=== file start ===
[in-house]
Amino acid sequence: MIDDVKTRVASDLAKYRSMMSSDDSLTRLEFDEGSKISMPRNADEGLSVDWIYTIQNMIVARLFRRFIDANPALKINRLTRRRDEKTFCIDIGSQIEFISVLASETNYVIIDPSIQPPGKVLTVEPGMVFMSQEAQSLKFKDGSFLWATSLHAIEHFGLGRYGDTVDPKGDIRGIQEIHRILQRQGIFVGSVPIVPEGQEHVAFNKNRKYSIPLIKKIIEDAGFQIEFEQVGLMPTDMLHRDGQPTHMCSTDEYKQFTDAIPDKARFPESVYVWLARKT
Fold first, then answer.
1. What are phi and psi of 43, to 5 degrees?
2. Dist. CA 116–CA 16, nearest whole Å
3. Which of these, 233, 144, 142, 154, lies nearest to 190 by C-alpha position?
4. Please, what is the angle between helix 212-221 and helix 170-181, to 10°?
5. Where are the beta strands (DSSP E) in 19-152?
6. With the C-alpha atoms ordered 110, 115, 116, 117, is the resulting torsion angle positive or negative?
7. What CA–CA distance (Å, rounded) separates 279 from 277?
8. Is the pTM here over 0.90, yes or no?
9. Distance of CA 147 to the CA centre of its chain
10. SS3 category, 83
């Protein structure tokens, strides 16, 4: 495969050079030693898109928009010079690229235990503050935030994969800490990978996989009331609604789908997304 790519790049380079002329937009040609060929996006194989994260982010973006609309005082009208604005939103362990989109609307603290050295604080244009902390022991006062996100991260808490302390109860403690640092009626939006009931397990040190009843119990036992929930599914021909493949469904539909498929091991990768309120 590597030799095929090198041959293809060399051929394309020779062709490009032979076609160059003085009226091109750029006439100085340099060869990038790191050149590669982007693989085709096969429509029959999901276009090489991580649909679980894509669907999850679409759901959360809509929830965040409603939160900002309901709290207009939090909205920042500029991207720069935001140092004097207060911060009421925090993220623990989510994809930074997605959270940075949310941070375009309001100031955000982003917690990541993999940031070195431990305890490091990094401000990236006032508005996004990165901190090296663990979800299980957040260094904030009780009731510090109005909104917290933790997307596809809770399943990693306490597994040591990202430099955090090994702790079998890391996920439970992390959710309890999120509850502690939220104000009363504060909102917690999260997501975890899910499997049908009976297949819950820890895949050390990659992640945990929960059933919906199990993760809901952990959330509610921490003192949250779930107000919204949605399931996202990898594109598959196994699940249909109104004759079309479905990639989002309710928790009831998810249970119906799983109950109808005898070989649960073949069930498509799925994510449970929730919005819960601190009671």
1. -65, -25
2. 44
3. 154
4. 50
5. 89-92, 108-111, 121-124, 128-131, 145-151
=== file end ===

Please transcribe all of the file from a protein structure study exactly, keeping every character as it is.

[in-house]
Amino acid sequence: MIDDVKTRVASDLAKYRSMMSSDDSLTRLEFDEGSKISMPRNADEGLSVDWIYTIQNMIVARLFRRFIDANPALKINRLTRRRDEKTFCIDIGSQIEFISVLASETNYVIIDPSIQPPGKVLTVEPGMVFMSQEAQSLKFKDGSFLWATSLHAIEHFGLGRYGDTVDPKGDIRGIQEIHRILQRQGIFVGSVPIVPEGQEHVAFNKNRKYSIPLIKKIIEDAGFQIEFEQVGLMPTDMLHRDGQPTHMCSTDEYKQFTDAIPDKARFPESVYVWLARKT
Fold first, then answer.
1. What are phi and psi of 43, to 5 degrees?
2. Dist. CA 116–CA 16, nearest whole Å
3. Which of these, 233, 144, 142, 154, lies nearest to 190 by C-alpha position?
4. Please, what is the angle between helix 212-221 and helix 170-181, to 10°?
5. Where are the beta strands (DSSP E) in 19-152?
6. With the C-alpha atoms ordered 110, 115, 116, 117, is the resulting torsion angle positive or negative?
7. What CA–CA distance (Å, rounded) separates 279 from 277?
8. Is the pTM here over 0.90, yes or no?
9. Distance of CA 147 to the CA centre of its chain
10. SS3 category, 83
């Protein structure tokens, strides 16, 4: 495969050079030693898109928009010079690229235990503050935030994969800490990978996989009331609604789908997304 790519790049380079002329937009040609060929996006194989994260982010973006609309005082009208604005939103362990989109609307603290050295604080244009902390022991006062996100991260808490302390109860403690640092009626939006009931397990040190009843119990036992929930599914021909493949469904539909498929091991990768309120 590597030799095929090198041959293809060399051929394309020779062709490009032979076609160059003085009226091109750029006439100085340099060869990038790191050149590669982007693989085709096969429509029959999901276009090489991580649909679980894509669907999850679409759901959360809509929830965040409603939160900002309901709290207009939090909205920042500029991207720069935001140092004097207060911060009421925090993220623990989510994809930074997605959270940075949310941070375009309001100031955000982003917690990541993999940031070195431990305890490091990094401000990236006032508005996004990165901190090296663990979800299980957040260094904030009780009731510090109005909104917290933790997307596809809770399943990693306490597994040591990202430099955090090994702790079998890391996920439970992390959710309890999120509850502690939220104000009363504060909102917690999260997501975890899910499997049908009976297949819950820890895949050390990659992640945990929960059933919906199990993760809901952990959330509610921490003192949250779930107000919204949605399931996202990898594109598959196994699940249909109104004759079309479905990639989002309710928790009831998810249970119906799983109950109808005898070989649960073949069930498509799925994510449970929730919005819960601190009671």
1. -65, -25
2. 44
3. 154
4. 50
5. 89-92, 108-111, 121-124, 128-131, 145-151